And showing a friend or grandchild how you grew your tomato from seeds that you gently removed before you made a sandwich, well, wouldn't that be fun?
Before you get going with the growing, here are a few tips:
- Choose a nice ripe heirloom variety of tomato to purchase... the riper, the better, and if it is a heirloom (very old strain of seed that hasn't been tampered with, we're assuming) the seeds will more likely germinate, and grow into a "true" fruit-- something you will recognize as being like the tomato you had on your sandwich. You may have to pay a little more, but you will enjoy the tomato on your sandwich, plus you will be assured of its 'coming back'. If you buy it in tomato harvest season from a farm gate (that is, from a farmer with a veggie stand) or at a farmers' market or a local wholefood store that supports local growers, you will definitely increase your chances of getting the kind of produce you are dreaming of.
- Depending on where you live, and whether or not you have a greenhouse, you will likely not be planting your tomato seeds for a while after you have purchased the tomato and removed the seeds. You can, however, check to see if you have seeds that will germinate... either put them in a damp paper towel in a baggy for a few days and check for sprouts, or grow them up in an egg carton with some damp, fine compost, covered with plastic wrap until they pop through (if they do).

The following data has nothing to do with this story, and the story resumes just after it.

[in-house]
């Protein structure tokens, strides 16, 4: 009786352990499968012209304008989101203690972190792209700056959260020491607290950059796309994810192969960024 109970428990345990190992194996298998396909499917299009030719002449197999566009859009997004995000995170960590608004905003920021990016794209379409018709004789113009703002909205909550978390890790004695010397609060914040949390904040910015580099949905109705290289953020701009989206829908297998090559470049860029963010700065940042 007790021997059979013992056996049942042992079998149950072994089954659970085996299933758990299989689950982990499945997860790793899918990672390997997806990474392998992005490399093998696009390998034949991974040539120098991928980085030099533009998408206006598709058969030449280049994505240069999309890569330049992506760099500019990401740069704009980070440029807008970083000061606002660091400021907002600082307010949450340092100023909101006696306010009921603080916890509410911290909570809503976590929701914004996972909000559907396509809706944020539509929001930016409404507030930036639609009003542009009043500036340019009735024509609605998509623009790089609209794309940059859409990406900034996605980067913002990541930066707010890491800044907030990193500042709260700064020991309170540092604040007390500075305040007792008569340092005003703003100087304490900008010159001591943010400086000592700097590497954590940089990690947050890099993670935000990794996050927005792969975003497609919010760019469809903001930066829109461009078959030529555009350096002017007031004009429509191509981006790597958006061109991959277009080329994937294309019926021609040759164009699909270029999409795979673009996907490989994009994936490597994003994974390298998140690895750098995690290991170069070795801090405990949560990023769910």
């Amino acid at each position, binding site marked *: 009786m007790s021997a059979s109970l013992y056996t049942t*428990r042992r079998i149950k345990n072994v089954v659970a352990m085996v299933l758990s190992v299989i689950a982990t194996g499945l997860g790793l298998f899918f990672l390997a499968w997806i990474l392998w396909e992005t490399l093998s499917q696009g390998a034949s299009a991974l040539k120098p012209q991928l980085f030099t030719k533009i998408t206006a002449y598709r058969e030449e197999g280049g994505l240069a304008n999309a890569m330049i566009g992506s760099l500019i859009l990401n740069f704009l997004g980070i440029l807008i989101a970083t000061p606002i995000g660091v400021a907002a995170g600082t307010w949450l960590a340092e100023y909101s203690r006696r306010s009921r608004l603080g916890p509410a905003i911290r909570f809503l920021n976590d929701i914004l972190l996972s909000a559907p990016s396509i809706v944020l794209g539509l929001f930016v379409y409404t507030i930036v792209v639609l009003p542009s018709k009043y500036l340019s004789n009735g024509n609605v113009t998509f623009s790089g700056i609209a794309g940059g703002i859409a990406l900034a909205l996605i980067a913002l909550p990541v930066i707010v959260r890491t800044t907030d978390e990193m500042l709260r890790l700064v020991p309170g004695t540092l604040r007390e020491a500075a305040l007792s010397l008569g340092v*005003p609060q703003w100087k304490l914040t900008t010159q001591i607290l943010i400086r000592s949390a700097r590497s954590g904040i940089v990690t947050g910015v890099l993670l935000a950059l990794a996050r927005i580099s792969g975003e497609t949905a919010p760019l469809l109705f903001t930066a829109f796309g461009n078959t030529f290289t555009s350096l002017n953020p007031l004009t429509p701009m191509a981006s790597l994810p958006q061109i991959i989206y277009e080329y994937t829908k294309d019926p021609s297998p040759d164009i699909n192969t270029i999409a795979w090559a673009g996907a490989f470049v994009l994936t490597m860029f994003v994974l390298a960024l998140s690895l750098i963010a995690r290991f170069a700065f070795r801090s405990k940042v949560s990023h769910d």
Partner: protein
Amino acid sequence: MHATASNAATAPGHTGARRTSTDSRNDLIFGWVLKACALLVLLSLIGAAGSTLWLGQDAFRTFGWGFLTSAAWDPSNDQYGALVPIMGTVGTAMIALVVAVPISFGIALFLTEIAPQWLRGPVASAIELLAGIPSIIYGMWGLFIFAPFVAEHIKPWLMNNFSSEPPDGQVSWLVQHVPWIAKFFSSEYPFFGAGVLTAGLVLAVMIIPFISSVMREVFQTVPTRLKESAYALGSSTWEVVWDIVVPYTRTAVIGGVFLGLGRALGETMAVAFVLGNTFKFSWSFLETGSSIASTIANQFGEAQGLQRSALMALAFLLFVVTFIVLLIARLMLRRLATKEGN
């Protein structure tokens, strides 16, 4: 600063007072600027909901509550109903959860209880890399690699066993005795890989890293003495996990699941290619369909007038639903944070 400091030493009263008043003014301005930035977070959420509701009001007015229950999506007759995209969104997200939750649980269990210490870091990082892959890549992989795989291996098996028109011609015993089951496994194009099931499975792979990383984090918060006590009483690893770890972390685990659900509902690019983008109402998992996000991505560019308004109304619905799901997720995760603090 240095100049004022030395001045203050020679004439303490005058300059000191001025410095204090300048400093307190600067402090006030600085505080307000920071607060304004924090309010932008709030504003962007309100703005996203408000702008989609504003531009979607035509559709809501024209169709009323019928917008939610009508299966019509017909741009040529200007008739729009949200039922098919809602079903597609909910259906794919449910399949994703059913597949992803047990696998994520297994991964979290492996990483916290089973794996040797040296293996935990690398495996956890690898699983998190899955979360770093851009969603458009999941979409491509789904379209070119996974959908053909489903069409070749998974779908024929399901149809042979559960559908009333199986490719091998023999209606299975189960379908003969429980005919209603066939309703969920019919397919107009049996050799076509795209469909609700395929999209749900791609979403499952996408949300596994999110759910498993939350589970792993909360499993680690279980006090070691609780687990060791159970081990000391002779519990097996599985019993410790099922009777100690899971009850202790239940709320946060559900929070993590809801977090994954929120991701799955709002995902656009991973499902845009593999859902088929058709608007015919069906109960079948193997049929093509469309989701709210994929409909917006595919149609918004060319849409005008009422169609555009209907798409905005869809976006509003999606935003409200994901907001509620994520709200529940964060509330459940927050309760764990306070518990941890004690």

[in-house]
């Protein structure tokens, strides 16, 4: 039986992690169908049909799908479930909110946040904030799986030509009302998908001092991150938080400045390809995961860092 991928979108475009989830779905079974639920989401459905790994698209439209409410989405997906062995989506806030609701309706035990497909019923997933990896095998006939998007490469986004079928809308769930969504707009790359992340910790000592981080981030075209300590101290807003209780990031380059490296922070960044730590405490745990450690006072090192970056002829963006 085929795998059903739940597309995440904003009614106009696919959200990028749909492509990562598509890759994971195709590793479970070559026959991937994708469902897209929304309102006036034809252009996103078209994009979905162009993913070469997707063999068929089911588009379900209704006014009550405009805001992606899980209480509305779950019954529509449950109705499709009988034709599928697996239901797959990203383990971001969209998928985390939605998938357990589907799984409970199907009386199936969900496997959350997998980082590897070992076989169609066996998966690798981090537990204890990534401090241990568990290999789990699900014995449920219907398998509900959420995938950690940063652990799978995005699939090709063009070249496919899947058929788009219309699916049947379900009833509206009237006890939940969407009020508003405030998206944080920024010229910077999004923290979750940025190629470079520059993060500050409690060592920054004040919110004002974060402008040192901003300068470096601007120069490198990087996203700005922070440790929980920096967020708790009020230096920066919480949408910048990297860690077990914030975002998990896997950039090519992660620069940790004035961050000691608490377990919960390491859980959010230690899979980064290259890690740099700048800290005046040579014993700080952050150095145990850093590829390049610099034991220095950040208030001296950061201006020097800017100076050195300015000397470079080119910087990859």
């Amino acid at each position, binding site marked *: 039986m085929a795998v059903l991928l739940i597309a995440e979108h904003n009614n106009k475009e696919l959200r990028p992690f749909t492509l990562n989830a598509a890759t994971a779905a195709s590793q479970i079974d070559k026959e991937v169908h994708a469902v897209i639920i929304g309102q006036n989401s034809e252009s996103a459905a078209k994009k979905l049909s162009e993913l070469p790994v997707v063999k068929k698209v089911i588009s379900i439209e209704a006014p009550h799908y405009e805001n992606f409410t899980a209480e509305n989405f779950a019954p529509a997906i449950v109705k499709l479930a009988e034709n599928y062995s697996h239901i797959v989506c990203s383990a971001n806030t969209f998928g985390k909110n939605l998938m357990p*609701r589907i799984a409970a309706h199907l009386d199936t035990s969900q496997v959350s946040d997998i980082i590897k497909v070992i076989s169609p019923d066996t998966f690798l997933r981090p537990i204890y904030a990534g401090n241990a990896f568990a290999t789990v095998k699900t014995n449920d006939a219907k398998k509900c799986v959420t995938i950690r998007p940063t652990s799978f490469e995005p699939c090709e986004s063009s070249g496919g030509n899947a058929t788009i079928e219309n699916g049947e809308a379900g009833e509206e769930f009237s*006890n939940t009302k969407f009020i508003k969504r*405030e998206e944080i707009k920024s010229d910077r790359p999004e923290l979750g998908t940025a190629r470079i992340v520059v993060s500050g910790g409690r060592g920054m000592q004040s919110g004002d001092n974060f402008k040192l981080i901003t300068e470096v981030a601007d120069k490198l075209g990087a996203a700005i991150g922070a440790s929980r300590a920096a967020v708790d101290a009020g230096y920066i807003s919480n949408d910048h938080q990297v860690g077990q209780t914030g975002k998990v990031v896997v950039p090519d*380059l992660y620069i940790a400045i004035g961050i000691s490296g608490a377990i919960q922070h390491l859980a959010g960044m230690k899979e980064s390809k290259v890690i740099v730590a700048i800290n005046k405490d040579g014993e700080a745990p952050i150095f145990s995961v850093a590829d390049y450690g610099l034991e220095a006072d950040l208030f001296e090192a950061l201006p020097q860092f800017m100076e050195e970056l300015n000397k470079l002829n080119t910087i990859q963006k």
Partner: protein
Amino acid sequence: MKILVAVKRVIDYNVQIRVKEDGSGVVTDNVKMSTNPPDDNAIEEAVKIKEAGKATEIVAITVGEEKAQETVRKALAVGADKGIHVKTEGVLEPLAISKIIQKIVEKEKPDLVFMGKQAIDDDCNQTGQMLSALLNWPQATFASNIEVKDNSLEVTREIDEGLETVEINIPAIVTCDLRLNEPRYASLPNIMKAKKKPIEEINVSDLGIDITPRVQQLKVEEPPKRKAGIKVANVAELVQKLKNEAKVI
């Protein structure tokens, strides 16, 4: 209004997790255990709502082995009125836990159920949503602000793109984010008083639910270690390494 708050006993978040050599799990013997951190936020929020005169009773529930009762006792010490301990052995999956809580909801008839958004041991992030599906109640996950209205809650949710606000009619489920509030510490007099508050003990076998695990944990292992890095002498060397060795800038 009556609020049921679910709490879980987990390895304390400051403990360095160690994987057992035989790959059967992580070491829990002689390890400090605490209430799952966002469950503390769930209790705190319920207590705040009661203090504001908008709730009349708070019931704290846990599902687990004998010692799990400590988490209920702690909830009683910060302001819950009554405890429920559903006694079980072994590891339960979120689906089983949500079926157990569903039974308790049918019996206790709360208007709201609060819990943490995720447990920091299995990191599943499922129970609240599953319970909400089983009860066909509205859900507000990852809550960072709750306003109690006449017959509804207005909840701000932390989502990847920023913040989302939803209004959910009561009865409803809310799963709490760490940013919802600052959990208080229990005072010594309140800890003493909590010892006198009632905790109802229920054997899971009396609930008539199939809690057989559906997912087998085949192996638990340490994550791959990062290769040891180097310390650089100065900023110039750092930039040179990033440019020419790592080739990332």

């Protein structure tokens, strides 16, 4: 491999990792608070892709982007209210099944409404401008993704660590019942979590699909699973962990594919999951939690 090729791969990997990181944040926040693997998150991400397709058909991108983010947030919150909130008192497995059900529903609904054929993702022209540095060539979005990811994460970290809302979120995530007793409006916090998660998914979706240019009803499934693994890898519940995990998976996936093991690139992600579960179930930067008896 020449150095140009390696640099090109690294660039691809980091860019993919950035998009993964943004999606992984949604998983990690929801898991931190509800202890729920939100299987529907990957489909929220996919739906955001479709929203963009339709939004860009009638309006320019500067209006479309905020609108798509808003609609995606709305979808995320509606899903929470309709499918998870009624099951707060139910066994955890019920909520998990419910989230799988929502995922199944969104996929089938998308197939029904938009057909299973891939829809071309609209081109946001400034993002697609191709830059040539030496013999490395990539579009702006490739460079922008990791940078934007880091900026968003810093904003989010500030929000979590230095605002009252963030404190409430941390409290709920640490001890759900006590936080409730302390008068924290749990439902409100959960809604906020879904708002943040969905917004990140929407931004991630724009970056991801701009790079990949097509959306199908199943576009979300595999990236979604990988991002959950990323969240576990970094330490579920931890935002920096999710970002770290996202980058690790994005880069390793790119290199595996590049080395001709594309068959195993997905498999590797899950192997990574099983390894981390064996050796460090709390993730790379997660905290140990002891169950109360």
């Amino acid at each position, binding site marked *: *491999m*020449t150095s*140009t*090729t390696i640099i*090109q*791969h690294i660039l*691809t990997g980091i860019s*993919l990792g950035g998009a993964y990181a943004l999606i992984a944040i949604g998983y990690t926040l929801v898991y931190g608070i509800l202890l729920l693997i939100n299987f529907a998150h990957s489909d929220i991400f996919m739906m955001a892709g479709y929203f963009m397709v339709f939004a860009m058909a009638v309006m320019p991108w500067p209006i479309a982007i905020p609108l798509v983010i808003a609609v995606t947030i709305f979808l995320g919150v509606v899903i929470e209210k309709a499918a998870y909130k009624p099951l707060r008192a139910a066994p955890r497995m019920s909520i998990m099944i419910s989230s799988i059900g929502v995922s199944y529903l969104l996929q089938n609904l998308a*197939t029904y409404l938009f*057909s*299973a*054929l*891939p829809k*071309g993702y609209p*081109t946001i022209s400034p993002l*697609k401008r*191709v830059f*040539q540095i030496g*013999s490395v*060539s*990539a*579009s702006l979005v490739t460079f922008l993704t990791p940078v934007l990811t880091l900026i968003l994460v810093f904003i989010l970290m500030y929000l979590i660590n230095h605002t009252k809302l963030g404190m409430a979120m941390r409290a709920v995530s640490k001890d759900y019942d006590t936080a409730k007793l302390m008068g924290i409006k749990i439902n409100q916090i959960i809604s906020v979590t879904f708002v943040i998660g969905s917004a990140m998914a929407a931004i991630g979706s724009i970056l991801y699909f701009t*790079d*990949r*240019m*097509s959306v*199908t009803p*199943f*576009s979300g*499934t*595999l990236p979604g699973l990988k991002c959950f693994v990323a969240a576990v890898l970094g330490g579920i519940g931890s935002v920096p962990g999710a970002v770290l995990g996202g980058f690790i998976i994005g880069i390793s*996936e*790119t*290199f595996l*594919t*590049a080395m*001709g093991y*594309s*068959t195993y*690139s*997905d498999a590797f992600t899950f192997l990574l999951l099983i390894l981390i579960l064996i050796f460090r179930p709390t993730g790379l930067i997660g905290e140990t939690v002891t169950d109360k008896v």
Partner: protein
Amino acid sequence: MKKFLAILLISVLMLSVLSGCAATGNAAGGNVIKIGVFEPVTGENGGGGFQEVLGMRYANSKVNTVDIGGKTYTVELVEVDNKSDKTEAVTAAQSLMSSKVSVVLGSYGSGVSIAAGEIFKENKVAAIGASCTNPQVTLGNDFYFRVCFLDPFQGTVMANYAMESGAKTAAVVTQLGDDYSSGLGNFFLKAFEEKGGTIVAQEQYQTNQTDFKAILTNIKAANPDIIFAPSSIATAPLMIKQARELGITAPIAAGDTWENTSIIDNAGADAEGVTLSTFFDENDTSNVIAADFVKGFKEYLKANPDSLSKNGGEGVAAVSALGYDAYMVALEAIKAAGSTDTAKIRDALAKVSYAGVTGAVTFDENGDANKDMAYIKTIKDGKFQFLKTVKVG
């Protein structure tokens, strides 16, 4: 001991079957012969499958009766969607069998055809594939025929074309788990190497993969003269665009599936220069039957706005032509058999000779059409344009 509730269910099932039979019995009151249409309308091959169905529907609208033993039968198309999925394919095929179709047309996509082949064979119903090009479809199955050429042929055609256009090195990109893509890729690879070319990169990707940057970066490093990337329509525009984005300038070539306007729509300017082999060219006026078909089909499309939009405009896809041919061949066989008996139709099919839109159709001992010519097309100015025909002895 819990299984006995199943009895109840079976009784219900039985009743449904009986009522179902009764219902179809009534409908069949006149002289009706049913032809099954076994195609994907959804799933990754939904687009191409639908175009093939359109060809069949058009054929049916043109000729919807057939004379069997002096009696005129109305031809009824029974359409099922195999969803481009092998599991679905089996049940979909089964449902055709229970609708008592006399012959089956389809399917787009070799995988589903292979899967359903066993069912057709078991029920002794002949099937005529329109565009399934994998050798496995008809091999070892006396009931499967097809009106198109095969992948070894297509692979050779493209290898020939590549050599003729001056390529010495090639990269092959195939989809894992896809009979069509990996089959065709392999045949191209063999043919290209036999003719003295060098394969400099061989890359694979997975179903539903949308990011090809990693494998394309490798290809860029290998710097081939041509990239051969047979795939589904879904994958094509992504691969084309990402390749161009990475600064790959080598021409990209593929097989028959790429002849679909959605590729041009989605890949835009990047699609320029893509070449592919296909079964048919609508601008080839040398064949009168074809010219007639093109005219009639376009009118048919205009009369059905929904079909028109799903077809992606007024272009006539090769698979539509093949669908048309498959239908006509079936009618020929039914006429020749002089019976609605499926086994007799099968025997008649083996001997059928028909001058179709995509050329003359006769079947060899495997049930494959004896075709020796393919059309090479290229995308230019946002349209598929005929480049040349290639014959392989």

- Dry the seeds first, and if you have a type of small tomato (like Tom Thumb, for example) you can check out these directions for preserving your seeds. This might seem a whole lot more veggie-nerdy than you were counting on, but believe me, if you do it the "right way" and end up with a bright and beautiful mass of these gems you will be soooo appreciative of the extra efforts!
- Here is the way to plant a tomato from a slice of a store-bought Beefsteak you were going to toss:
Lay that slice, cut side down, on moist soil -- I am using a peat pot but any pot will do
Let the seeds sprout (7-14 days). There will likely be a mass of sprouts. Let them grow and pick the three or four strongest and transplant plant each carefully in its own pot. Move into light and lightly fertilize. With several leaves you can move into the garden.
**Unfortunately some seeds are sterile and while they will produce a plant, they will not produce fruit!**
Here are a couple of great videos that can fill in the gaps around actually growing from scratch (well, seed) and answer questions you might have:
The fellow in this video found this huge ripe heirloom tomato in his local grocery store. He takes the seeds out and talks about a fermenting process he uses with the seeds.
Jeremiah Jones with a clearly presented video on how to save your tomato seeds, and clean them up for storage. He also emphasizes that a heirloom tomato is a good choice for collecting seeds.
The presentation is the most comprehensive of the three-- shows the "paper towel method" of collecting and planting seeds, and the process of fermentation. He also demonstrates how he uses the dehydrator to fully dry his seeds. And he is fairly funny (bonus).
Have a look HERE at some other plants you can grow yourself cheap or free!